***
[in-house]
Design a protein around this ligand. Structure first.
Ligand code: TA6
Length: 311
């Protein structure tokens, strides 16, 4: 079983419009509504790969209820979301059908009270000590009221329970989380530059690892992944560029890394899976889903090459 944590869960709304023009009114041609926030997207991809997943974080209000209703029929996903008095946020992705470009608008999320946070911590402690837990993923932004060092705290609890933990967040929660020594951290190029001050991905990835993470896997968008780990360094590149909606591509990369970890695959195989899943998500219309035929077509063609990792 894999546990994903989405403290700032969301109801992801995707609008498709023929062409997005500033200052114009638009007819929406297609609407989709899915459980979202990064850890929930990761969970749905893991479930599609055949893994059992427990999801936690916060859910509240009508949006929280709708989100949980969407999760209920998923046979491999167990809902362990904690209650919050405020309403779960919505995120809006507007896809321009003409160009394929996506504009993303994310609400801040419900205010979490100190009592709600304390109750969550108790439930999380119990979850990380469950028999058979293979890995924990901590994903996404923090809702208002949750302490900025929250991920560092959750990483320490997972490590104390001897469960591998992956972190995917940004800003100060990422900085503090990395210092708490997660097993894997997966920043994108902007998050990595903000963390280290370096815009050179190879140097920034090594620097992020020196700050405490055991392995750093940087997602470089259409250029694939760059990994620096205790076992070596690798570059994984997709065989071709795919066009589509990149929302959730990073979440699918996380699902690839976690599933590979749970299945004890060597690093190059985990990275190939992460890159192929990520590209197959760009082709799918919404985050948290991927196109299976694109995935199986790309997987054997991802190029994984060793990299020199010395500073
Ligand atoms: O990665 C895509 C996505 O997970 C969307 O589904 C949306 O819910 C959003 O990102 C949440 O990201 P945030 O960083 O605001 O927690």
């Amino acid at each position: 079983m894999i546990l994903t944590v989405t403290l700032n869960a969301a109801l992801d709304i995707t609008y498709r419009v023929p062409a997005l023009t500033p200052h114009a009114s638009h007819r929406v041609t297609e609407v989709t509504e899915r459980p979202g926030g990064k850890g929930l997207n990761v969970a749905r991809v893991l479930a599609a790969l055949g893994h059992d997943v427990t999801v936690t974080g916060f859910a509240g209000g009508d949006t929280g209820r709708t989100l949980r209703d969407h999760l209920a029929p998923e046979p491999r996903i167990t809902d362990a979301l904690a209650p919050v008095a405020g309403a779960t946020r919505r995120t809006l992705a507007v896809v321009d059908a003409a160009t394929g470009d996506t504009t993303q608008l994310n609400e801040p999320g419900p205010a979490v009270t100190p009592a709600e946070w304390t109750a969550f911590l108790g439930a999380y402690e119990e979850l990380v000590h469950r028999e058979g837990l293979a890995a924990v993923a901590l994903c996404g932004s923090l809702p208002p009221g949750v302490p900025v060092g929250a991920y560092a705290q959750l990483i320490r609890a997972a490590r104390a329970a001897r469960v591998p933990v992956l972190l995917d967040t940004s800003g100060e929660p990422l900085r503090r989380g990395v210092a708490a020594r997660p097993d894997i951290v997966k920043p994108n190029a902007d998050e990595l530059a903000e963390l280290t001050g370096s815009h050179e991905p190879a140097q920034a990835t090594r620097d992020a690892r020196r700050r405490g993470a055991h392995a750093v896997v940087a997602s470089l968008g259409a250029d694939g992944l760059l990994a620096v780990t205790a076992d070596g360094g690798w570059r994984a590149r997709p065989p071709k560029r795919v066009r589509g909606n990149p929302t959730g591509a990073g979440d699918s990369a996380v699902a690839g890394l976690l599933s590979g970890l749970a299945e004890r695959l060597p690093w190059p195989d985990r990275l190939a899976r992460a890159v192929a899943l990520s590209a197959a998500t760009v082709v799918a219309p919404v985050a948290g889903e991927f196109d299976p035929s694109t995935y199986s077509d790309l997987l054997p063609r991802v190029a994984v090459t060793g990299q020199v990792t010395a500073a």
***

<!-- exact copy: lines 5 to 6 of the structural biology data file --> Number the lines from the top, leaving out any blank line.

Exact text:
């Protein structure tokens, strides 16, 4: 079983419009509504790969209820979301059908009270000590009221329970989380530059690892992944560029890394899976889903090459 944590869960709304023009009114041609926030997207991809997943974080209000209703029929996903008095946020992705470009608008999320946070911590402690837990993923932004060092705290609890933990967040929660020594951290190029001050991905990835993470896997968008780990360094590149909606591509990369970890695959195989899943998500219309035929077509063609990792 894999546990994903989405403290700032969301109801992801995707609008498709023929062409997005500033200052114009638009007819929406297609609407989709899915459980979202990064850890929930990761969970749905893991479930599609055949893994059992427990999801936690916060859910509240009508949006929280709708989100949980969407999760209920998923046979491999167990809902362990904690209650919050405020309403779960919505995120809006507007896809321009003409160009394929996506504009993303994310609400801040419900205010979490100190009592709600304390109750969550108790439930999380119990979850990380469950028999058979293979890995924990901590994903996404923090809702208002949750302490900025929250991920560092959750990483320490997972490590104390001897469960591998992956972190995917940004800003100060990422900085503090990395210092708490997660097993894997997966920043994108902007998050990595903000963390280290370096815009050179190879140097920034090594620097992020020196700050405490055991392995750093940087997602470089259409250029694939760059990994620096205790076992070596690798570059994984997709065989071709795919066009589509990149929302959730990073979440699918996380699902690839976690599933590979749970299945004890060597690093190059985990990275190939992460890159192929990520590209197959760009082709799918919404985050948290991927196109299976694109995935199986790309997987054997991802190029994984060793990299020199010395500073
Ligand atoms: O990665 C895509 C996505 O997970 C969307 O589904 C949306 O819910 C959003 O990102 C949440 O990201 P945030 O960083 O605001 O927690």